This leads to the following problems: Quality and timely work are a must. A poor feedback is visible for all other buyers of services and will be a serious disadvantage to get future projects. Moreover, a poorly finished project bears the risk that the buyer is disappointed and will never ever use a freelancer again. On the other hand, high quality takes time. Even if somebody really can work for 5 $ an hour, he will not be able to finish a complex research project for 25 $, hence within 5 hours. Either he is a victim of self-exploitation or he will deliver poor quality. Sellers and buyers should keep these things in mind when thinking about pricing.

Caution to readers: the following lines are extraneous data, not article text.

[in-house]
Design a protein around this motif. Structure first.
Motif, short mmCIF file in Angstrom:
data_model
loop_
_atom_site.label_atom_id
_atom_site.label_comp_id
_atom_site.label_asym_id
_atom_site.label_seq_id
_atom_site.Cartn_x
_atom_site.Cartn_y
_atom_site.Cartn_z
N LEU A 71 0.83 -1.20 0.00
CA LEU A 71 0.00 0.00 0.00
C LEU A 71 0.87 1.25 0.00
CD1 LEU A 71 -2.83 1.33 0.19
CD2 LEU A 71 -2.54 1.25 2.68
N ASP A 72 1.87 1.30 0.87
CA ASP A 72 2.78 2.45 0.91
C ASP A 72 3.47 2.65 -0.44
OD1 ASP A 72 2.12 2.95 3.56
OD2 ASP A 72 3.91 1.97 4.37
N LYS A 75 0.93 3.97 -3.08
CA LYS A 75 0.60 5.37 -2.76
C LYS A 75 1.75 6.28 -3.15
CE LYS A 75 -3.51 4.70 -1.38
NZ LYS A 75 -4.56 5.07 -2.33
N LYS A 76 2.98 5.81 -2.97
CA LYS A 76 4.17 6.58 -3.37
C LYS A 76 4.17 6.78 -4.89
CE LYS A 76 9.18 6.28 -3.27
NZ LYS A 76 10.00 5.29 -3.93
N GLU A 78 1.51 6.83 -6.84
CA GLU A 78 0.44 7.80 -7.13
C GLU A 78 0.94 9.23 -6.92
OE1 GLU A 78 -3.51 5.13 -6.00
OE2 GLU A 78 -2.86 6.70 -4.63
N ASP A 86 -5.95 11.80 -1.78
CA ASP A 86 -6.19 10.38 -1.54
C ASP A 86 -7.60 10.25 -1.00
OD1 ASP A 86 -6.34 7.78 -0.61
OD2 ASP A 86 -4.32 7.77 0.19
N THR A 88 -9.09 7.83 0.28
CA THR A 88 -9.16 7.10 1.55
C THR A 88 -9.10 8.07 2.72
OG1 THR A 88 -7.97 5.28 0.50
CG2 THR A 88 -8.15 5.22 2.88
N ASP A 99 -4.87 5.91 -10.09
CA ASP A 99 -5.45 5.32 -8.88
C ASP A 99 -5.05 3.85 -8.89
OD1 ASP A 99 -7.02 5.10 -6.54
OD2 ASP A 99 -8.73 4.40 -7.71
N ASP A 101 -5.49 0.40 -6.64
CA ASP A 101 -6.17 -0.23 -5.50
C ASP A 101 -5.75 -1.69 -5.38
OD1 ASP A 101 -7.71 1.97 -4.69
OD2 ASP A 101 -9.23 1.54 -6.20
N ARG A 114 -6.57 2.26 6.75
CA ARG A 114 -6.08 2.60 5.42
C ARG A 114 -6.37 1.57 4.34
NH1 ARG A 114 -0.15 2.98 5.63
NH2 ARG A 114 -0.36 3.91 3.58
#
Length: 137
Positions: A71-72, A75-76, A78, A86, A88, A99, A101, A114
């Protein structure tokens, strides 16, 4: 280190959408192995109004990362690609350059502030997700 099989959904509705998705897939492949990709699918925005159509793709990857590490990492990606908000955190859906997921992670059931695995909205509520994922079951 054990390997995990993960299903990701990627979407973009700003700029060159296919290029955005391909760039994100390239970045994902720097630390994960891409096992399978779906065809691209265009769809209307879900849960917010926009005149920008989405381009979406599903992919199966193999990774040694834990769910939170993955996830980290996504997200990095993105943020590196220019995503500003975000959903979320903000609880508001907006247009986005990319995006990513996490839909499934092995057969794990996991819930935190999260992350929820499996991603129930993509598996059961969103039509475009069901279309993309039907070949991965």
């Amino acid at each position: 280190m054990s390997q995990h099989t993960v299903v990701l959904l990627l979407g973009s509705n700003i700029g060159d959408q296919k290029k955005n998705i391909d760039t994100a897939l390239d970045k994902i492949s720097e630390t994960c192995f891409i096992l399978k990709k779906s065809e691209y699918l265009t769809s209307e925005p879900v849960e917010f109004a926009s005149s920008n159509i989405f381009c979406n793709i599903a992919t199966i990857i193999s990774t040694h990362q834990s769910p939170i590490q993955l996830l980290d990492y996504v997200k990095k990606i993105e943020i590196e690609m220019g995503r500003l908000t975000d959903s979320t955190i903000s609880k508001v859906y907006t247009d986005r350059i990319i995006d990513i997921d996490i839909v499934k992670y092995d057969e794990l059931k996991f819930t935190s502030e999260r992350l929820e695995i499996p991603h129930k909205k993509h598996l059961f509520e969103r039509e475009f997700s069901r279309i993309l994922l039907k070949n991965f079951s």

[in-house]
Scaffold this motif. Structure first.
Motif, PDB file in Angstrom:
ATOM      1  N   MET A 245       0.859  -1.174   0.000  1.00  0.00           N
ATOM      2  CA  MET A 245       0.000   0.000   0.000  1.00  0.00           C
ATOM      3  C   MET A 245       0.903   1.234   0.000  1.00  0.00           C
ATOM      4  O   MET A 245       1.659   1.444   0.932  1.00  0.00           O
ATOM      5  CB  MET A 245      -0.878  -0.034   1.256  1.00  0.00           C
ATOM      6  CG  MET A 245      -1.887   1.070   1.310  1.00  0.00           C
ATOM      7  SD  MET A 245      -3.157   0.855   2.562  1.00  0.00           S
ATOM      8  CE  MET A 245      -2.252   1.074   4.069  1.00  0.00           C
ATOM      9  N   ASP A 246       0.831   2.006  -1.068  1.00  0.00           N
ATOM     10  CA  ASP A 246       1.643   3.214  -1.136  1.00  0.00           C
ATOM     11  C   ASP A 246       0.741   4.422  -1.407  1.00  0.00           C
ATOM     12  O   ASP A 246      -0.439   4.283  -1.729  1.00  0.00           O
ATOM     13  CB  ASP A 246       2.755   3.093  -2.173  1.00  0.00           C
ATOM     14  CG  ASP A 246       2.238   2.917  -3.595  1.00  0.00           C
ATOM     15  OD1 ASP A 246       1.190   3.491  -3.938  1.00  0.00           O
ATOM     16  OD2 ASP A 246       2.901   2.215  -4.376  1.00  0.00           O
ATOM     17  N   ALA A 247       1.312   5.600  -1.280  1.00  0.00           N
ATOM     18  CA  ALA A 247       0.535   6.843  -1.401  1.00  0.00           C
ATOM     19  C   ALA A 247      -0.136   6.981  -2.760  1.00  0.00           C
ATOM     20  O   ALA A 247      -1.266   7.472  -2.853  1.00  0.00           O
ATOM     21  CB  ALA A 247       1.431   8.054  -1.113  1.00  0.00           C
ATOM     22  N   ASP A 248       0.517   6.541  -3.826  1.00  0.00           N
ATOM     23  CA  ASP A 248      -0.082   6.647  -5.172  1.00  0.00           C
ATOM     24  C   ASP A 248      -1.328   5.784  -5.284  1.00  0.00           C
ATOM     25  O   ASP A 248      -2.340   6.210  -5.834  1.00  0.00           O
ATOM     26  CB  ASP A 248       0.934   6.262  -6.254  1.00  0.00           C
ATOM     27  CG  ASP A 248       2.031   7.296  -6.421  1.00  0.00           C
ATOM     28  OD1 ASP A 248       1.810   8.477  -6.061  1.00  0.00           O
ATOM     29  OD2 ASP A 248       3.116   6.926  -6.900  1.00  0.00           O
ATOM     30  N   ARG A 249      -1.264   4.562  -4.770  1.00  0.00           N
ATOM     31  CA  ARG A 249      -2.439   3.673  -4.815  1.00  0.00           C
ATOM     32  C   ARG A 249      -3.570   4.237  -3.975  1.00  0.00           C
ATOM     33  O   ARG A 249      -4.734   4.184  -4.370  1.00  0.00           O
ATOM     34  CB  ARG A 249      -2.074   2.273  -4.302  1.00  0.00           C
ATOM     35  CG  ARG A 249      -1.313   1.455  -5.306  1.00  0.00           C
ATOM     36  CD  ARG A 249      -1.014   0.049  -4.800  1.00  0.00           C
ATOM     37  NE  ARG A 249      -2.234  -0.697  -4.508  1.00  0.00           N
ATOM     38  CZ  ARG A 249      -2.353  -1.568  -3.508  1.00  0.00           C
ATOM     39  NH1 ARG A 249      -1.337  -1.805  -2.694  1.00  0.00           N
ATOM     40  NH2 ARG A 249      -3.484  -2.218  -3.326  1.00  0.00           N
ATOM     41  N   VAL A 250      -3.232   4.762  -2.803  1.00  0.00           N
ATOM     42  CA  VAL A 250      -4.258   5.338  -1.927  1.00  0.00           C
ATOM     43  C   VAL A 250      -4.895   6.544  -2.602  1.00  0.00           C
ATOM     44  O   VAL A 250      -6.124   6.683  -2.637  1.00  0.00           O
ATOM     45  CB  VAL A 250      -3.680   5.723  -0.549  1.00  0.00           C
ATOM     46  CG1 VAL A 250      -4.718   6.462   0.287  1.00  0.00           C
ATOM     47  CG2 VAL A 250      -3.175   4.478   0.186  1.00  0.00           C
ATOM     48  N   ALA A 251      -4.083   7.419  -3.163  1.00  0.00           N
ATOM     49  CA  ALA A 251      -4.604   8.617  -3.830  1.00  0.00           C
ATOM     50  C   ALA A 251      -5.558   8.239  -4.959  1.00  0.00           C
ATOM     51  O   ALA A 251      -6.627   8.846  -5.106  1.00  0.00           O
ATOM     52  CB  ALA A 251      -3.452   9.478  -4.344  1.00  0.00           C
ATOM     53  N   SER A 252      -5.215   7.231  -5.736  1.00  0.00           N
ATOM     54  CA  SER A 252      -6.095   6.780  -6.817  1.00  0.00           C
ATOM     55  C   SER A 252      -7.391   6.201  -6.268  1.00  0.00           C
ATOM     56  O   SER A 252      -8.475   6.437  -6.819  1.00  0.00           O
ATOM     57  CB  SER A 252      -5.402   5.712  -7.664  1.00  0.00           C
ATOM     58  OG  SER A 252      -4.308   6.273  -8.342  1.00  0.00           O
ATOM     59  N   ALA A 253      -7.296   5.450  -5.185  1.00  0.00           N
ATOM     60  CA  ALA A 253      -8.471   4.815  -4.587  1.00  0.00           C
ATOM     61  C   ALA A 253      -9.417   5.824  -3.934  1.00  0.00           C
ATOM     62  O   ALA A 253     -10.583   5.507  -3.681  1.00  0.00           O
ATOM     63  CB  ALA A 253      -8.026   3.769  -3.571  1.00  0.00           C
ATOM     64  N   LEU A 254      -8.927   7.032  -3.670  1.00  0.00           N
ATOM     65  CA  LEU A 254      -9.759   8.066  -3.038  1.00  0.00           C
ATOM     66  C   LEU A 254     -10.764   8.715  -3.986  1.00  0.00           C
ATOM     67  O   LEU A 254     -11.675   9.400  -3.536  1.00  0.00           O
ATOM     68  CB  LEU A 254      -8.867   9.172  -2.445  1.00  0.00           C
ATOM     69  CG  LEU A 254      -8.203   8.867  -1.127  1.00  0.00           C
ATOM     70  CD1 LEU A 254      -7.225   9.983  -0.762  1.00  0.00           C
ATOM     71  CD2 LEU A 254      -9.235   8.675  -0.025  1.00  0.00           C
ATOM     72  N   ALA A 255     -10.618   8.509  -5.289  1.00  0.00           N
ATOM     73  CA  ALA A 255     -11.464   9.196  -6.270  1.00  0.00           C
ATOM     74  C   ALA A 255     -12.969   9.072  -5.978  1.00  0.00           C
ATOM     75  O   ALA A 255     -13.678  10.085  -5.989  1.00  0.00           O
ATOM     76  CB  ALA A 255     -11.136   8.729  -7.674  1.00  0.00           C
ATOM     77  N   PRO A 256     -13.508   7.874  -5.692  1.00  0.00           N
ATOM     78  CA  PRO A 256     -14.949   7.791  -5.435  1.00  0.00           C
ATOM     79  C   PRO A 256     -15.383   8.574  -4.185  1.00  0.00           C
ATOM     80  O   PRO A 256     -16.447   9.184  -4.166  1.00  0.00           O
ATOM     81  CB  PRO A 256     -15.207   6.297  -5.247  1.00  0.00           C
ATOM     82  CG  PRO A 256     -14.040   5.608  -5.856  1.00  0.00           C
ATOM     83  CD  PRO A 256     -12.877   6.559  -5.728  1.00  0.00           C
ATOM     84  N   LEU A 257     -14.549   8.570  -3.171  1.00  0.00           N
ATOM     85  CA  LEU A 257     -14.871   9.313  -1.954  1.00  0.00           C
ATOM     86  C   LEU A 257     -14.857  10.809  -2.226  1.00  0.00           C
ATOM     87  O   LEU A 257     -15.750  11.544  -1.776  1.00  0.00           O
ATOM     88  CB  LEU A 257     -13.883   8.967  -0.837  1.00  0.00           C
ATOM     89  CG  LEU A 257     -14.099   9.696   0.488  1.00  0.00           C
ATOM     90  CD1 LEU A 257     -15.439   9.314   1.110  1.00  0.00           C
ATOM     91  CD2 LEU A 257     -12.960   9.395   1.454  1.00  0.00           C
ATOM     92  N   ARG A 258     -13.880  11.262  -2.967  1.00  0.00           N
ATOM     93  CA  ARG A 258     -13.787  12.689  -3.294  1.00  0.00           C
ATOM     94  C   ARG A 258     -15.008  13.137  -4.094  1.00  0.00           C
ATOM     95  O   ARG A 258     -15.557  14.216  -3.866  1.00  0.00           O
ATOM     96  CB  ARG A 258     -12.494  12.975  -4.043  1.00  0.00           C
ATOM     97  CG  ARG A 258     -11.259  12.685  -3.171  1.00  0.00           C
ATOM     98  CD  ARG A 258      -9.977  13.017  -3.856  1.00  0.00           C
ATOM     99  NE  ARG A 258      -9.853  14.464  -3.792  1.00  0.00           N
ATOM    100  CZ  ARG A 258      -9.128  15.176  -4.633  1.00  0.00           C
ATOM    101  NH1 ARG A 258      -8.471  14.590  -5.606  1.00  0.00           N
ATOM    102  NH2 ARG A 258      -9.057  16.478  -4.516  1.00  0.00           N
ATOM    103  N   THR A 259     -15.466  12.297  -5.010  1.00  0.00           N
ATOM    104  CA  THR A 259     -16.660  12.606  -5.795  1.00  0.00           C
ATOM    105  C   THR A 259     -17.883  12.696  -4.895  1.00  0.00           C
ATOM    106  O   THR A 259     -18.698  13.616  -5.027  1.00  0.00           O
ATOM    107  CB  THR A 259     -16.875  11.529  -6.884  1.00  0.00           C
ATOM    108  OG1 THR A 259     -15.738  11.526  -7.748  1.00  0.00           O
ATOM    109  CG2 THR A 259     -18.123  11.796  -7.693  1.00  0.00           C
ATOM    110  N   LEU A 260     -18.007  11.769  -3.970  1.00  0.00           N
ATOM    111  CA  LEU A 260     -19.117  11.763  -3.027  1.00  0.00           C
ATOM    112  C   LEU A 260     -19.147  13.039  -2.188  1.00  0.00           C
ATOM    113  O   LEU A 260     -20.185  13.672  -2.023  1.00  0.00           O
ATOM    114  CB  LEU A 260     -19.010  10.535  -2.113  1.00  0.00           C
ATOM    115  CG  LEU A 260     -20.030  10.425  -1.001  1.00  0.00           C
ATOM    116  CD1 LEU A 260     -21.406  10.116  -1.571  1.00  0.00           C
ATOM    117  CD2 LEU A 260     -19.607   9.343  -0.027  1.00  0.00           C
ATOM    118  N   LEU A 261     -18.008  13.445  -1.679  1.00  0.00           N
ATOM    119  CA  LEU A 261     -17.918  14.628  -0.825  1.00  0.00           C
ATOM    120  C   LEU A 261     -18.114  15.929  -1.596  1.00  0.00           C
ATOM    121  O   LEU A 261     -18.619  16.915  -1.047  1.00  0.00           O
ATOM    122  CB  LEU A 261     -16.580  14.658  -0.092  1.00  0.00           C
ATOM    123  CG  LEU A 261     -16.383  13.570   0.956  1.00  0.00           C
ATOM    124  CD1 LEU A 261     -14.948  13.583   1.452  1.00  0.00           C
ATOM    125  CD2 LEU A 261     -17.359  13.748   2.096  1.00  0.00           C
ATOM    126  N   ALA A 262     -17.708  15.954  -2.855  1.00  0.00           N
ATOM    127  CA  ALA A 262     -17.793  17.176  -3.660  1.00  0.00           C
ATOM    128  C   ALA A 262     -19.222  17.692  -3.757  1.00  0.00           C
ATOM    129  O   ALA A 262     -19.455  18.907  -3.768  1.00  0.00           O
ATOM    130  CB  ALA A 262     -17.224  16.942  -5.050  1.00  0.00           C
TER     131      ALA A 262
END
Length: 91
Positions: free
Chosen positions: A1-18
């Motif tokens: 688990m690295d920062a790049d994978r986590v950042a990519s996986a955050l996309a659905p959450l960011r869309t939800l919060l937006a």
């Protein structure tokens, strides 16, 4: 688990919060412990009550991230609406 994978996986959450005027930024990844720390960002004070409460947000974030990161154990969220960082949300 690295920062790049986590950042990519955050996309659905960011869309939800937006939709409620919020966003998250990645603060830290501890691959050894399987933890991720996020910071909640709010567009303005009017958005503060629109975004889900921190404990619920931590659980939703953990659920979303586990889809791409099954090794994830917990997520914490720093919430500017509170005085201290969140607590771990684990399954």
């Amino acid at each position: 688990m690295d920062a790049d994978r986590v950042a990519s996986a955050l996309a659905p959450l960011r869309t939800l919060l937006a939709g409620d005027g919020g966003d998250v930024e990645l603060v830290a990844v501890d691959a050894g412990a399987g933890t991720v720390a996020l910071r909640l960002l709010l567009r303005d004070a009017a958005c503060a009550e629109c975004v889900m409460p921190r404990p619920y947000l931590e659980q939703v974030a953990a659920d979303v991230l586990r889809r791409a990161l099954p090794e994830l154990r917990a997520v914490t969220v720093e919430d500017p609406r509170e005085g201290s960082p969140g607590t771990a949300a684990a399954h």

In the long term, only those freelancers will survive and successfully establish their competitive position, who can offer good services for a reasonable price. The hope for the big money, however, will come true for very few of them.
Buyers of services: The whole industry of freelancing is still emerging; hence, many buyers are “newbies” as well. Typical mistakes are:
· Unclear or misleading descriptions of projects – nobody is able to make a realistic bid if he can only guess what he is required to do. Accordingly, the buyer will have problems to find a suitable partner.
· Wrong ideas about the price
range – despite the price competition – every service has its price. Despite
that, it happens that projects are withdrawn because all bids are far above the
expected price. Sometimes a freelancer uses the public board to explain what
scope of services is possible for a given price range and what not.